Public employee unions wield considerable power in New York politics, but “progressive” politicians continue to show their willingness to sell out government workers — and city citizens and taxpayers — to signal their fealty to the left’s litmus-test issues du jour. Such was the case last month, when Mayor de Blasio announced he would be waging “the fight against climate change” on two new fronts.
The mayor’s first silly idea is to sue big oil companies. His lawsuit is destined to fail, much like its predecessors. But it will generate lots of headlines for the ambitious politician, which is of course its object.
The mayor’s second idea — announced jointly with City Controller Scott Stringer — is to divest the city’s pension funds from fossil fuel-focused energy companies by 2022.
That’s a much bigger deal: Though the mayor’s lawsuit theater is a waste of city resources (and a nuisance to the companies involved), the de Blasio-Stringer divestment scheme threatens to compromise city finances to a significant degree.
The de Blasio-Stringer divestment scheme will do nothing to affect corporate behavior.
The city runs five big pension funds for its public employees, and these funds are woefully underfunded. The pension systems are in debt $65 billion — meaning, their promised payouts are currently $65 billion greater than what they’re worth using the city’s own rate-of-return assumptions.
But Stringer and his team cook the books. The city assumes annual pension returns of 7% annually, roughly three percentage points higher than the yield assumptions preferred by real investors like Warren Buffett.
A report last summer, authored by my colleagues E.J. McMahon and Josh McGee, applied appropriate actuarial assumptions developed by Buffett and found the city’s real pension debt is more than $142 billion. Put differently, the city’s existing pension obligations are only 47% funded; more than half of the funds already promised to city workers’ retirements simply don’t exist.
In the last year, the city’s pension funds have more than hit their targets, as they have ridden the wave of the bull market. Inevitably, though, that luck will run out, and the market will turn south. And at that point, the city’s ever-riskier investment strategy will yield an even bigger pension-funding hole.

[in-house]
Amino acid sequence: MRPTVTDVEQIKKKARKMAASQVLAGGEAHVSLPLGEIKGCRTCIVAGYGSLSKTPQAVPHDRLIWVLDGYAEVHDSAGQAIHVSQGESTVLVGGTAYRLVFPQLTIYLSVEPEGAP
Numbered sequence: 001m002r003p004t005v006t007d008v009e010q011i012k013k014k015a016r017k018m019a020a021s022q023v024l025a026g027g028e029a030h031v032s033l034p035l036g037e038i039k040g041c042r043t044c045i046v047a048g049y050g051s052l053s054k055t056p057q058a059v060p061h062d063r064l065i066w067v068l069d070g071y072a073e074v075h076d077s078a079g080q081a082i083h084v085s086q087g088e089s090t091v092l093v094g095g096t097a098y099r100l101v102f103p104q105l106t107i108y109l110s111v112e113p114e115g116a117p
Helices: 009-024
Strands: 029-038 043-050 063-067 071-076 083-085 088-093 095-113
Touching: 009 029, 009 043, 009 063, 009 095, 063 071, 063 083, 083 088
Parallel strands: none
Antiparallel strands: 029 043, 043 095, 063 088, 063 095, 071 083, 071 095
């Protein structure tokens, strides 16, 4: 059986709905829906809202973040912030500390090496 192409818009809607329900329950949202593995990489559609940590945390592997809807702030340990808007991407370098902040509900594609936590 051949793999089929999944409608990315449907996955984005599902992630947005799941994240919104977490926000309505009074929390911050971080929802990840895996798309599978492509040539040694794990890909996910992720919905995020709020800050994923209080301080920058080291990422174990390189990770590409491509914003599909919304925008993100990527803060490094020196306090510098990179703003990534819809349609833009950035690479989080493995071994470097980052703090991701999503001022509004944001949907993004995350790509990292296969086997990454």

The politicians will of course claim that their oil-company divestment scheme is financially sound — that the market is systematically overvaluing energy investments.
But that’s bunk. Does anyone really think that Bill de Blasio and Scott Stringer know more about corporate stock valuation than investment professionals who make big bucks doing this for a living?
The answer is no, and that’s why the de Blasio-Stringer divestment scheme will do nothing to affect corporate behavior. Smart hedge fund guys will happily buy up the stock the city funds are selling. The pension funds are huge, but hardly big enough to move the share price, or affect the behavior, of ExxonMobil.
We’ve seen this story before. In 2001, the politicians running the pension fund for California public retirees, the California Public Employees Retirement System, decided to divest their funds of tobacco stocks. In 2016, the California fund released a report by an outside consultant that calculated that this boneheaded divestment plan had cost the pension system more than $3 billion in lost investment gains.
If divesting from tobacco companies is dumb, divesting from oil companies is dumber. For one, oil stocks constitute a much larger share of the market. And because energy price shocks tend to send overall markets reeling, energy company stocks are often an effective hedge against market downturns.
It’s likely the case that de Blasio understands this, which is why he’s scheduled the divestment for 2022, long after he’s out of office.
But while we wait for that date to arrive, the tab for the city’s pension hole will continue to squeeze out current workers’ pay and benefits, as well as necessary public services and investments. Pension contributions already consume 17% of New York City tax dollars and 35% of its payroll. By 2021 — a year before the de Blasio-Stringer divestment scheme hits the books — pension costs are projected to hit a staggering $10 billion annually.
For far too long, New York politicians have been treating city workers’ pension funds as political playthings rather than investment vehicles, hurting investment returns in the process. It’s time for that to stop.
This piece originally appeared in the New York Daily News
James R. Copland is a senior fellow and director of legal policy at the Manhattan Institute.